The Twins employ physicians, trainers, strength coaches, massage therapists, even a dietitian, all to make sure the players have everything they need to be physically ready to play. But for the mental part? Marwin Gonzalez has a support system that he decided he couldn't be without for the next three months: his wife, Noel, along with their three small children.

"I didn't want to be apart from them," Gonzalez said of the couple's decision to travel to Minnesota all together last week. "When you have a bad game, my personal opinion is, when I get home and see my kids, they change the whole day. They change my day. Sometimes you need to stay a bit away from baseball whenever you're going through a rough time. That was the main reason I decided to bring my kids."

It's an understandable decision, but not an easy one and, on the Twins, far from a unanimous one.

With the coronavirus surging all over the country, with the regular season reduced to nine weeks instead of six months, several players said they grappled with the decision. You know how the negotiations between MLB owners and players involved questions about logistics, travel, finances and especially safety, about avoiding COVID-19 and determining what happens if you can't?

Yeah, it was like that.

"It was a tough decision, and it's not one that you're exactly prepared to make," said Jake Odorizzi, father of two young sons who remain, with wife Carissa, at their home in Tampa, Fla. "There's a lot of back and forth."

Same with Gonzalez, whose daughter Eliana is enrolled in school for the first time this fall, creating another consideration for the parents. Noel at first advocated staying at their Houston home, he said, but was swayed by his commitment to staying safe and his desire to have his kids close by.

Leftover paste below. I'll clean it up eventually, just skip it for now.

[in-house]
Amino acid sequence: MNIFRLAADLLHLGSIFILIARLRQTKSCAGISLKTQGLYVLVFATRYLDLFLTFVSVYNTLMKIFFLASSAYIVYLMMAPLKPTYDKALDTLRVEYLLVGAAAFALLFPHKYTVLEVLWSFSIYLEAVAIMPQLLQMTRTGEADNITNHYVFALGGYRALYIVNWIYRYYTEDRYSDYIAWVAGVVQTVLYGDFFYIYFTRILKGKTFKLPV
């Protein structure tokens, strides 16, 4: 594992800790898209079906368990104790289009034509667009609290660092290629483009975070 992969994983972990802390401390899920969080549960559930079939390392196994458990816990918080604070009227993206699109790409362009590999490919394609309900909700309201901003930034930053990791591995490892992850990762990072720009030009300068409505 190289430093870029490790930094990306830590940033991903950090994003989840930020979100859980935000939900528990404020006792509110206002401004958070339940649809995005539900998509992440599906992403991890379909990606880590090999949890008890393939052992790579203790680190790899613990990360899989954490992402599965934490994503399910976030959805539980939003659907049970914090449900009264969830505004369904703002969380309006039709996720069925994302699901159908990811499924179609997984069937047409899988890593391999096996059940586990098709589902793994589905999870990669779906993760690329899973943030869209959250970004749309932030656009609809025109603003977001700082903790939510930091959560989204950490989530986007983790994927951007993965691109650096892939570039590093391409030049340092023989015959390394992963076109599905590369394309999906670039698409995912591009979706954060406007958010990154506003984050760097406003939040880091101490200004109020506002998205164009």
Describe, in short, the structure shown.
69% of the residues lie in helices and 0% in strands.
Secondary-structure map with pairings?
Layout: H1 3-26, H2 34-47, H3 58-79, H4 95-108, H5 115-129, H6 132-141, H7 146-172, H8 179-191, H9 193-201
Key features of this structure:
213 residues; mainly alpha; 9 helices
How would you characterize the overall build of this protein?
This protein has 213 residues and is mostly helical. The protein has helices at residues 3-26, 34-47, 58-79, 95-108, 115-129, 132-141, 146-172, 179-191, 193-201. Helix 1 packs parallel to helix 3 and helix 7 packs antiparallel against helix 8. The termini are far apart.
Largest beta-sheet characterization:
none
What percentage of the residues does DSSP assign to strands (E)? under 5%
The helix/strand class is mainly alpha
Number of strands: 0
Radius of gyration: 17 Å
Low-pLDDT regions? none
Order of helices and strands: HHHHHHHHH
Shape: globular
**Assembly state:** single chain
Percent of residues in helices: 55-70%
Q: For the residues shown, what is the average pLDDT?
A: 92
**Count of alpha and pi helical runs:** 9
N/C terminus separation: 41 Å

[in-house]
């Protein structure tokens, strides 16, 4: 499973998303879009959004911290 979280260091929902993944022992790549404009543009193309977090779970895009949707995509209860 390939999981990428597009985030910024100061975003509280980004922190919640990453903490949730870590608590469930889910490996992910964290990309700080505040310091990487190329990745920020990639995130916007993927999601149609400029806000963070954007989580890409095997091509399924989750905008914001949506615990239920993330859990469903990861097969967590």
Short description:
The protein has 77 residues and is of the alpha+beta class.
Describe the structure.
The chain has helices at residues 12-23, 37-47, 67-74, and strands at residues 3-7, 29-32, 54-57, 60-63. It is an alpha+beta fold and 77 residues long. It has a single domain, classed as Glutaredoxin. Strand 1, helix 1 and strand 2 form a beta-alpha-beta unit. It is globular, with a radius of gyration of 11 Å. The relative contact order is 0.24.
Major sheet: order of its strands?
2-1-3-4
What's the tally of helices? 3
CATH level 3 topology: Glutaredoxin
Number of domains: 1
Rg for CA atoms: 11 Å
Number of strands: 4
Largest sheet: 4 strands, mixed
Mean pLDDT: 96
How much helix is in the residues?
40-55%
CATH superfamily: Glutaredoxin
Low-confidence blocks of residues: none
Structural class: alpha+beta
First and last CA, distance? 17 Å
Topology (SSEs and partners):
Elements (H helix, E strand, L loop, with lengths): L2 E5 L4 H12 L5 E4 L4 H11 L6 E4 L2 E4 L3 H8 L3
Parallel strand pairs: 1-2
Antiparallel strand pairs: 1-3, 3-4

"I was doing the best I could to convince her because I didn't want to be here [alone]. It's tough to be just living baseball, given everything that we're living in right now," Gonzalez said. "To be by myself for these two and hopefully three months — at the end of the day, we decided to come here, the whole family."

Jorge Polanco and Jose Berrios made similar choices. "They've always been with me since Day 1," Berrios said of wife Jannieliz and their three children, who live in Puerto Rico in the offseason. He chose to bring everyone, "even though it meant they needed to take a private flight. … I'm just happy to have my family here."

But COVID-19 caused other parents to make different choices, even though it means seeing each other only via Zoom calls for the next couple of months. Luis Arraez's family stayed in Florida, and Rich Hill's wife, Caitlin, and son, Brice, remain in Massachusetts.

Byron Buxton left his newborn son, Blaze, behind in Georgia, a decision he said he wrestled with. And Nelson Cruz celebrated his 40th birthday last week with only a cousin, because his wife, Solanyi, and their two children remain in the Dominican Republic.

"It's a great sacrifice," Hill said. "Throughout all of our careers, you make sacrifices. Birthdays. Weddings. Funerals. You end up missing those moments with family and friends. It's very difficult, and I know it's very difficult for a lot of guys in the room. I hope we get to the point where it's comfortable enough for them to come out here."

The virus is the biggest factor in those tough calls, of course, but the length of the season and the late decision to play made it tougher, too. Finding a temporary home for three months isn't easy, and there's a lot of possessions to move. Home is just a lot more comfortable.

"We're not supposed to be going anywhere, not going to the mall or park — is that the life you want [children] to have? Stuffed in an apartment?" Odorizzi said. "Anyone that has kids, especially a 4-year-old and a 1-year-old, they don't exactly want to sit around and do nothing. We just didn't think it was fair to them."

But it means nine weeks will feel more like 90.

"I miss them daily. Every day," Odorizzi said. "But sometimes you have to make adult decisions and do what's right for the family, even if it's the tough thing to do."